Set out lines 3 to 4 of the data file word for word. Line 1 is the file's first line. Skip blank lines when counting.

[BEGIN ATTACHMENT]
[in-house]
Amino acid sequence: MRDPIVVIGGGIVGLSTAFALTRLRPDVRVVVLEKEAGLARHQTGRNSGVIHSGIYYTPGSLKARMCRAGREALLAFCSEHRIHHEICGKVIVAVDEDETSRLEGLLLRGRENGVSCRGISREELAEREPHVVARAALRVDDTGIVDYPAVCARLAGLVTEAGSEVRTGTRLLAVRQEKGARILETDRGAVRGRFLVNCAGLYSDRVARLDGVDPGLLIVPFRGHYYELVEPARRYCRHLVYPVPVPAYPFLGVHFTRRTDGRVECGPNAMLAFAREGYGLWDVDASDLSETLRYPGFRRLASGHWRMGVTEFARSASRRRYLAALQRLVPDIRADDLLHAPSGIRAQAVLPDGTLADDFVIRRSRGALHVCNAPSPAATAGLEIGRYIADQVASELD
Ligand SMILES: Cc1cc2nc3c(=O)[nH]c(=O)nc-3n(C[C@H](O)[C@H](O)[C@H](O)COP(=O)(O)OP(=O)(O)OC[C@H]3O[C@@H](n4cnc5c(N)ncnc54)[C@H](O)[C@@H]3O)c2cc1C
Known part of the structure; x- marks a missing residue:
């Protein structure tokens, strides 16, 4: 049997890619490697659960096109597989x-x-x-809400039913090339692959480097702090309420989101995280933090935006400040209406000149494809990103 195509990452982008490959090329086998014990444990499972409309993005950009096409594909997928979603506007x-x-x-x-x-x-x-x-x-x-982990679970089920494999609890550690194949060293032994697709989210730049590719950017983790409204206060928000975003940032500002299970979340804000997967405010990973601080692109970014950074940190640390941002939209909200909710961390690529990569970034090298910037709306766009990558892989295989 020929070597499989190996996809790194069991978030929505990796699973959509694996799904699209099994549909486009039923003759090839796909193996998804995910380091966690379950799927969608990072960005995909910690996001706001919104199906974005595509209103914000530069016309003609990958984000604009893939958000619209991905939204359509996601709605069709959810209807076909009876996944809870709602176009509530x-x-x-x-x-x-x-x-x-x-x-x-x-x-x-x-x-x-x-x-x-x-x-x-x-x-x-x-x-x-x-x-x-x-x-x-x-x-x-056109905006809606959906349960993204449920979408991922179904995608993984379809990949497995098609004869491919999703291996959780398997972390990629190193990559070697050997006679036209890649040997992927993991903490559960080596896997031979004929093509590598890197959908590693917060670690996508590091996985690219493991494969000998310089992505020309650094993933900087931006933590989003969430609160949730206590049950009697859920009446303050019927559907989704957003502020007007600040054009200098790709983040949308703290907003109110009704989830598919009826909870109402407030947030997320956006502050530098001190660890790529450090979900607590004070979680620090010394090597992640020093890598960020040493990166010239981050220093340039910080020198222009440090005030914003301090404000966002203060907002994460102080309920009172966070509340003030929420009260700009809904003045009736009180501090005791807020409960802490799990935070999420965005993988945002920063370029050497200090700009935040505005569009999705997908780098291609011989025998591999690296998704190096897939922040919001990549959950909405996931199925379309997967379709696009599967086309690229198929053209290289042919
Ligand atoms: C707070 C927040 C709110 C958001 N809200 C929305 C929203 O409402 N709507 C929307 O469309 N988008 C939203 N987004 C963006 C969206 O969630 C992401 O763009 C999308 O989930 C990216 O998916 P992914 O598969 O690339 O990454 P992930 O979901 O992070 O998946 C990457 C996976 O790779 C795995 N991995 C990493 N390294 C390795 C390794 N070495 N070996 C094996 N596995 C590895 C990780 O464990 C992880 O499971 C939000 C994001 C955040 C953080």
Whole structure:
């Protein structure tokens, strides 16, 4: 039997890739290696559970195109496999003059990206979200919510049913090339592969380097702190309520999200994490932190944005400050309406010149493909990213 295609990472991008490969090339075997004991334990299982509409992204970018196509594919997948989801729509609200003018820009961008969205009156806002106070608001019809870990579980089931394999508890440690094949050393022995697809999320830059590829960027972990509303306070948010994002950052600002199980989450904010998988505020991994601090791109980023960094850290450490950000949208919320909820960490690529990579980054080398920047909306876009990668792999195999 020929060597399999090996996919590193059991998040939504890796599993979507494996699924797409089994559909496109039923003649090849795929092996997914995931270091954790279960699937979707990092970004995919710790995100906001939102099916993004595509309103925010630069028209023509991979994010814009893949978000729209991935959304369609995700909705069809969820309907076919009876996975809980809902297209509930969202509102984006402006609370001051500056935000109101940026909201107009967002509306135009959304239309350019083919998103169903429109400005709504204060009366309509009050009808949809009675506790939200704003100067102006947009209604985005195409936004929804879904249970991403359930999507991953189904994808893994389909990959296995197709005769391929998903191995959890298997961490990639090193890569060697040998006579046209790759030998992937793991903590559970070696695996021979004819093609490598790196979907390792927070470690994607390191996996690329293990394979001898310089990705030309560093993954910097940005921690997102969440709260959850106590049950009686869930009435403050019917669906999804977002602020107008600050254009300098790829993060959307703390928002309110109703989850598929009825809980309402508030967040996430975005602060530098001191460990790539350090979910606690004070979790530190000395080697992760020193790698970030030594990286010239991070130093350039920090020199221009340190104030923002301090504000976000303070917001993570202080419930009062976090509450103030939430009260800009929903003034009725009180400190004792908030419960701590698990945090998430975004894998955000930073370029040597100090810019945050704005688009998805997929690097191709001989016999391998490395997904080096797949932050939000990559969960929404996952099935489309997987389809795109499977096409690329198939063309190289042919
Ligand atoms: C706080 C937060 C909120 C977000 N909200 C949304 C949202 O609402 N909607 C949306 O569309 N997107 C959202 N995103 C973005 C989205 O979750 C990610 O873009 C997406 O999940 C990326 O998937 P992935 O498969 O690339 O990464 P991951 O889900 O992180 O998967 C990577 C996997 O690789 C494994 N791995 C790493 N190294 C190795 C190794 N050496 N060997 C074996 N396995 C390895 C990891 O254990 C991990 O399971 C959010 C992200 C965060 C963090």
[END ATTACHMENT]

Ligand SMILES: Cc1cc2nc3c(=O)[nH]c(=O)nc-3n(C[C@H](O)[C@H](O)[C@H](O)COP(=O)(O)OP(=O)(O)OC[C@H]3O[C@@H](n4cnc5c(N)ncnc54)[C@H](O)[C@@H]3O)c2cc1C
Known part of the structure; x- marks a missing residue: